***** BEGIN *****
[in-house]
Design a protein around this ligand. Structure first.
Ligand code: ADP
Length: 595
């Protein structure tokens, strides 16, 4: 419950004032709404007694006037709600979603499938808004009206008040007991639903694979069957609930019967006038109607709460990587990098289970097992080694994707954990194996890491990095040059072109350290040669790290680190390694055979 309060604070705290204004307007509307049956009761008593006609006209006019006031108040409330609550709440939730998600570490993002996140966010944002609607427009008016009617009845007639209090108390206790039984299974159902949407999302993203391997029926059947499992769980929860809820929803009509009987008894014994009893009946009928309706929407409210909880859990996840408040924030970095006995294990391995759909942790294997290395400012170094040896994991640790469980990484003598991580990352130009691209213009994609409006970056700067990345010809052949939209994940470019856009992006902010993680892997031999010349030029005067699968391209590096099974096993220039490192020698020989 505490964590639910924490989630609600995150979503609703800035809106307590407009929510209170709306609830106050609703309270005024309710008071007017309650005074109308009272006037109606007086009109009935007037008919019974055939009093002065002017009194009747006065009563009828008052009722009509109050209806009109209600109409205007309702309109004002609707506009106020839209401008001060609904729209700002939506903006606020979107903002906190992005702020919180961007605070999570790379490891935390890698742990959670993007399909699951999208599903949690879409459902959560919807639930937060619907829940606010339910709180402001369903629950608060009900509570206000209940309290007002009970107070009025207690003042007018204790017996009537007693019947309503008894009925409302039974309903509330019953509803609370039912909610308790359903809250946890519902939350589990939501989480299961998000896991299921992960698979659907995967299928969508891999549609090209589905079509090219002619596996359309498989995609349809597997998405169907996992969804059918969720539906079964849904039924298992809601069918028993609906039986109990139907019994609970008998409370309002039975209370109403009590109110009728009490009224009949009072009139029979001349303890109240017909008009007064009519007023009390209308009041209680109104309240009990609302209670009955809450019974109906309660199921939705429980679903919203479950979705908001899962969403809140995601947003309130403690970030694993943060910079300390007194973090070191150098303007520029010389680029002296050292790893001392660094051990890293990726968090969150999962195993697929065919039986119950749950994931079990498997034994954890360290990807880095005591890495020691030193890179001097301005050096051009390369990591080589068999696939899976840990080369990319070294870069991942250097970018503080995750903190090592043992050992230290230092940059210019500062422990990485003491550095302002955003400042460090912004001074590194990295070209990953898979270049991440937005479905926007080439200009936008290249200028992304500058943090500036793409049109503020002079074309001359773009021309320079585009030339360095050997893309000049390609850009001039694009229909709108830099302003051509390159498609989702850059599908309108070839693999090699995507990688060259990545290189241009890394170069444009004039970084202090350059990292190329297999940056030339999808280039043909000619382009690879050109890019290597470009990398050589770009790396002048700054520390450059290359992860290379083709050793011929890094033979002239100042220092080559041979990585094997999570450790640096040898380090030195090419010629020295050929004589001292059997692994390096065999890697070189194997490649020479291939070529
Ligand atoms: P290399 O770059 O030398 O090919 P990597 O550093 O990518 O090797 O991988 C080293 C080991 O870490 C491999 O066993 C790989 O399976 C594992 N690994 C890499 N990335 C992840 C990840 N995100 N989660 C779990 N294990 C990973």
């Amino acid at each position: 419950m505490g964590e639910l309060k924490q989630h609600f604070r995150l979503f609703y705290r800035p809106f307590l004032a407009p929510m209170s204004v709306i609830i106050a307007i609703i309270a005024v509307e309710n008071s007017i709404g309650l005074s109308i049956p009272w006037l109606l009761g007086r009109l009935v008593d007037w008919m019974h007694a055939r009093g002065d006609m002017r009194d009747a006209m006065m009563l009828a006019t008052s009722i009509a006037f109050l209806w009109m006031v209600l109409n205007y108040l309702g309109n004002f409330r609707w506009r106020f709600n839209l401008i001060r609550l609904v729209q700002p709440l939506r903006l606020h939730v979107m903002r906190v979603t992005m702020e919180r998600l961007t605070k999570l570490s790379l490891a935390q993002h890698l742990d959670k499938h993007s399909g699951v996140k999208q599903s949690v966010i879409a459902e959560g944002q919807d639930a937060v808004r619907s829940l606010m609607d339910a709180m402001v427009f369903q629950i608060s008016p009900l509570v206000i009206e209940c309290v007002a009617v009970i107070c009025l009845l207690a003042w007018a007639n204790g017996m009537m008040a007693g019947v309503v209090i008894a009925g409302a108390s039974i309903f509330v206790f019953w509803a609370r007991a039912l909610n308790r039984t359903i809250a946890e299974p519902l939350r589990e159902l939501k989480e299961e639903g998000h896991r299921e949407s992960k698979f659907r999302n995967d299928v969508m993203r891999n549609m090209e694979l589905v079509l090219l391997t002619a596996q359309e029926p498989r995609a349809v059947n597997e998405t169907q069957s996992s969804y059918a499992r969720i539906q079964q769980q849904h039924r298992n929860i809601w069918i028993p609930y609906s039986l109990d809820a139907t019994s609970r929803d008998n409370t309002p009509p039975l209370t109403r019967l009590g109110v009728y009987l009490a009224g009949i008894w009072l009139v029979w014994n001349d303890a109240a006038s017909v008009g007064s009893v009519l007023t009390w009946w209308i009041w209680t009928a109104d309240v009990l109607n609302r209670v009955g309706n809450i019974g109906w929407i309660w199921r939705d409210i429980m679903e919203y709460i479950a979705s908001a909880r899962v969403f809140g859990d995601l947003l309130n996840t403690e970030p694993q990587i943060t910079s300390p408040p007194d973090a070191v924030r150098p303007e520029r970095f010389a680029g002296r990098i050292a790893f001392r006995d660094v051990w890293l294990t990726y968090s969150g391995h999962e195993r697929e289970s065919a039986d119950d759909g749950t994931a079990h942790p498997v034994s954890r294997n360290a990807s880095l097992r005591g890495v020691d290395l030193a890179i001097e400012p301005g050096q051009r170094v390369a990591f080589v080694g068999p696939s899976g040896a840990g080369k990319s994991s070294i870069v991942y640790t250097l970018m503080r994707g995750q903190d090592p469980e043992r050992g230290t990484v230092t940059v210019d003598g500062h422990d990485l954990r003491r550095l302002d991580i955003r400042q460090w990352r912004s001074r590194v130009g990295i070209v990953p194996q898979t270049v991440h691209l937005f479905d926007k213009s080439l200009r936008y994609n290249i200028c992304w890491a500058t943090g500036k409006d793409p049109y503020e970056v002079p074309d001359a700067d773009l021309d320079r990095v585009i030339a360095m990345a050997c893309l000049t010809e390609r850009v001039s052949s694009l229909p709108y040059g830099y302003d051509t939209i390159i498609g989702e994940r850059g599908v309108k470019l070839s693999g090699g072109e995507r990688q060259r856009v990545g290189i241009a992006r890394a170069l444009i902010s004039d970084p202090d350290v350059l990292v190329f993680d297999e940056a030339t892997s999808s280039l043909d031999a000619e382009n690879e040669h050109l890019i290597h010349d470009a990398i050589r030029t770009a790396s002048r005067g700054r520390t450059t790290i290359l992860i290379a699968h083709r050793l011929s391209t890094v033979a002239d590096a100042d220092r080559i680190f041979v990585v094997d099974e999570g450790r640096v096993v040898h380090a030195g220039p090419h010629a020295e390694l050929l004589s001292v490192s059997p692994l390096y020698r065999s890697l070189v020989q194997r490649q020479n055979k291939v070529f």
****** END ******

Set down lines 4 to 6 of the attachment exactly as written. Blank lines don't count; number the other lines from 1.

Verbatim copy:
Length: 595
């Protein structure tokens, strides 16, 4: 419950004032709404007694006037709600979603499938808004009206008040007991639903694979069957609930019967006038109607709460990587990098289970097992080694994707954990194996890491990095040059072109350290040669790290680190390694055979 309060604070705290204004307007509307049956009761008593006609006209006019006031108040409330609550709440939730998600570490993002996140966010944002609607427009008016009617009845007639209090108390206790039984299974159902949407999302993203391997029926059947499992769980929860809820929803009509009987008894014994009893009946009928309706929407409210909880859990996840408040924030970095006995294990391995759909942790294997290395400012170094040896994991640790469980990484003598991580990352130009691209213009994609409006970056700067990345010809052949939209994940470019856009992006902010993680892997031999010349030029005067699968391209590096099974096993220039490192020698020989 505490964590639910924490989630609600995150979503609703800035809106307590407009929510209170709306609830106050609703309270005024309710008071007017309650005074109308009272006037109606007086009109009935007037008919019974055939009093002065002017009194009747006065009563009828008052009722009509109050209806009109209600109409205007309702309109004002609707506009106020839209401008001060609904729209700002939506903006606020979107903002906190992005702020919180961007605070999570790379490891935390890698742990959670993007399909699951999208599903949690879409459902959560919807639930937060619907829940606010339910709180402001369903629950608060009900509570206000209940309290007002009970107070009025207690003042007018204790017996009537007693019947309503008894009925409302039974309903509330019953509803609370039912909610308790359903809250946890519902939350589990939501989480299961998000896991299921992960698979659907995967299928969508891999549609090209589905079509090219002619596996359309498989995609349809597997998405169907996992969804059918969720539906079964849904039924298992809601069918028993609906039986109990139907019994609970008998409370309002039975209370109403009590109110009728009490009224009949009072009139029979001349303890109240017909008009007064009519007023009390209308009041209680109104309240009990609302209670009955809450019974109906309660199921939705429980679903919203479950979705908001899962969403809140995601947003309130403690970030694993943060910079300390007194973090070191150098303007520029010389680029002296050292790893001392660094051990890293990726968090969150999962195993697929065919039986119950749950994931079990498997034994954890360290990807880095005591890495020691030193890179001097301005050096051009390369990591080589068999696939899976840990080369990319070294870069991942250097970018503080995750903190090592043992050992230290230092940059210019500062422990990485003491550095302002955003400042460090912004001074590194990295070209990953898979270049991440937005479905926007080439200009936008290249200028992304500058943090500036793409049109503020002079074309001359773009021309320079585009030339360095050997893309000049390609850009001039694009229909709108830099302003051509390159498609989702850059599908309108070839693999090699995507990688060259990545290189241009890394170069444009004039970084202090350059990292190329297999940056030339999808280039043909000619382009690879050109890019290597470009990398050589770009790396002048700054520390450059290359992860290379083709050793011929890094033979002239100042220092080559041979990585094997999570450790640096040898380090030195090419010629020295050929004589001292059997692994390096065999890697070189194997490649020479291939070529
Ligand atoms: P290399 O770059 O030398 O090919 P990597 O550093 O990518 O090797 O991988 C080293 C080991 O870490 C491999 O066993 C790989 O399976 C594992 N690994 C890499 N990335 C992840 C990840 N995100 N989660 C779990 N294990 C990973």